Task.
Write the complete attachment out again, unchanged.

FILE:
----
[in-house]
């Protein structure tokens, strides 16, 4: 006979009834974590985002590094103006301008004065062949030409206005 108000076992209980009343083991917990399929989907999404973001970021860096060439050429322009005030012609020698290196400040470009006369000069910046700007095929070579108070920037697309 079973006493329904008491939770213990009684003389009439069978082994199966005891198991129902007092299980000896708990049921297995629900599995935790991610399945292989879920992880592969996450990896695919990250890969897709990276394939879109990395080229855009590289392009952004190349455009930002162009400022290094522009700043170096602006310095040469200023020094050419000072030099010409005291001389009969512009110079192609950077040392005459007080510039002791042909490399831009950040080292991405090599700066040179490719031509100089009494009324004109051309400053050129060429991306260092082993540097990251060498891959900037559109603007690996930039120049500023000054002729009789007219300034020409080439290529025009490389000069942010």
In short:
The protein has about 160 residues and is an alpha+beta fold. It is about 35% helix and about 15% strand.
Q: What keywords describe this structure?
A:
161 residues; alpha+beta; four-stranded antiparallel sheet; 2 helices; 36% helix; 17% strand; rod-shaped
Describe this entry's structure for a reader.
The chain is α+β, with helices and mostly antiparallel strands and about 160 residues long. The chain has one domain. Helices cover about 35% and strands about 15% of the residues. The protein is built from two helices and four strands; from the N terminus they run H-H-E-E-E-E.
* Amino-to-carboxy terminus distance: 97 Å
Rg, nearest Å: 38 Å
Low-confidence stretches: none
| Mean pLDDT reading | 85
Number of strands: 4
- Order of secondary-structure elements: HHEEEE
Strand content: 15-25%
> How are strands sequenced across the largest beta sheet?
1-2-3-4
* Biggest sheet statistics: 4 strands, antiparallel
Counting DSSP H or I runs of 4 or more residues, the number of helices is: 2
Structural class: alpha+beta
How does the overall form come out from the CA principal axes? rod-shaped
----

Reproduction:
[in-house]
């Protein structure tokens, strides 16, 4: 006979009834974590985002590094103006301008004065062949030409206005 108000076992209980009343083991917990399929989907999404973001970021860096060439050429322009005030012609020698290196400040470009006369000069910046700007095929070579108070920037697309 079973006493329904008491939770213990009684003389009439069978082994199966005891198991129902007092299980000896708990049921297995629900599995935790991610399945292989879920992880592969996450990896695919990250890969897709990276394939879109990395080229855009590289392009952004190349455009930002162009400022290094522009700043170096602006310095040469200023020094050419000072030099010409005291001389009969512009110079192609950077040392005459007080510039002791042909490399831009950040080292991405090599700066040179490719031509100089009494009324004109051309400053050129060429991306260092082993540097990251060498891959900037559109603007690996930039120049500023000054002729009789007219300034020409080439290529025009490389000069942010």
In short:
The protein has about 160 residues and is an alpha+beta fold. It is about 35% helix and about 15% strand.
Q: What keywords describe this structure?
A:
161 residues; alpha+beta; four-stranded antiparallel sheet; 2 helices; 36% helix; 17% strand; rod-shaped
Describe this entry's structure for a reader.
The chain is α+β, with helices and mostly antiparallel strands and about 160 residues long. The chain has one domain. Helices cover about 35% and strands about 15% of the residues. The protein is built from two helices and four strands; from the N terminus they run H-H-E-E-E-E.
* Amino-to-carboxy terminus distance: 97 Å
Rg, nearest Å: 38 Å
Low-confidence stretches: none
| Mean pLDDT reading | 85
Number of strands: 4
- Order of secondary-structure elements: HHEEEE
Strand content: 15-25%
> How are strands sequenced across the largest beta sheet?
1-2-3-4
* Biggest sheet statistics: 4 strands, antiparallel
Counting DSSP H or I runs of 4 or more residues, the number of helices is: 2
Structural class: alpha+beta
How does the overall form come out from the CA principal axes? rod-shaped